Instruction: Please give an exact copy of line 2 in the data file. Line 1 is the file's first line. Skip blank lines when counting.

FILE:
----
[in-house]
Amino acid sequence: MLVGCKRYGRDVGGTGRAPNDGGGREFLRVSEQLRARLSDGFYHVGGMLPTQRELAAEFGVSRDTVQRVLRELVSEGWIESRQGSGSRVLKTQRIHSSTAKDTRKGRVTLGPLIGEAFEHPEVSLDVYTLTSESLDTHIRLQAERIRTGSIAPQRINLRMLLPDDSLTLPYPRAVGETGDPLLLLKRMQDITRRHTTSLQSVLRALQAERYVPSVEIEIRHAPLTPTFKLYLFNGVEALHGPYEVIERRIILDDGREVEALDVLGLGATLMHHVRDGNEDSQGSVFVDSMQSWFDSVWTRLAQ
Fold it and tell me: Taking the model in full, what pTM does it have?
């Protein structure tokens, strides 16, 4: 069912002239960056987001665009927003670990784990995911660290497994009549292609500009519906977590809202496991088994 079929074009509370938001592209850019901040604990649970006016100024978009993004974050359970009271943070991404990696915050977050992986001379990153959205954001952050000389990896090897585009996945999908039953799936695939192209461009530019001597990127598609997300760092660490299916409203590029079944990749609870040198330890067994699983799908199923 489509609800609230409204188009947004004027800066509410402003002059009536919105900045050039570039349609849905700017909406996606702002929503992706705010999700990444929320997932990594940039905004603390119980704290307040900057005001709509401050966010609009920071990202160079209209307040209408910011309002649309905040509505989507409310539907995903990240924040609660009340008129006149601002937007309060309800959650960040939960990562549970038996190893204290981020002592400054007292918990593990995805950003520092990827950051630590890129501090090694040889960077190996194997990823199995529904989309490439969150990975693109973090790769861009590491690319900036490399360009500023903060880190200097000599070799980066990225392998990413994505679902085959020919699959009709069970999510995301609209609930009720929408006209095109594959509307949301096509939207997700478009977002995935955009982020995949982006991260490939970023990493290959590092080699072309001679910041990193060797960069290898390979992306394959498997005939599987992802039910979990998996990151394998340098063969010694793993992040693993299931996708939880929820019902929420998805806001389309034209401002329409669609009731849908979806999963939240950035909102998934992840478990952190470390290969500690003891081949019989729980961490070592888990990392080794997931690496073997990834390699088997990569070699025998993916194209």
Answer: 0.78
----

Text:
Amino acid sequence: MLVGCKRYGRDVGGTGRAPNDGGGREFLRVSEQLRARLSDGFYHVGGMLPTQRELAAEFGVSRDTVQRVLRELVSEGWIESRQGSGSRVLKTQRIHSSTAKDTRKGRVTLGPLIGEAFEHPEVSLDVYTLTSESLDTHIRLQAERIRTGSIAPQRINLRMLLPDDSLTLPYPRAVGETGDPLLLLKRMQDITRRHTTSLQSVLRALQAERYVPSVEIEIRHAPLTPTFKLYLFNGVEALHGPYEVIERRIILDDGREVEALDVLGLGATLMHHVRDGNEDSQGSVFVDSMQSWFDSVWTRLAQ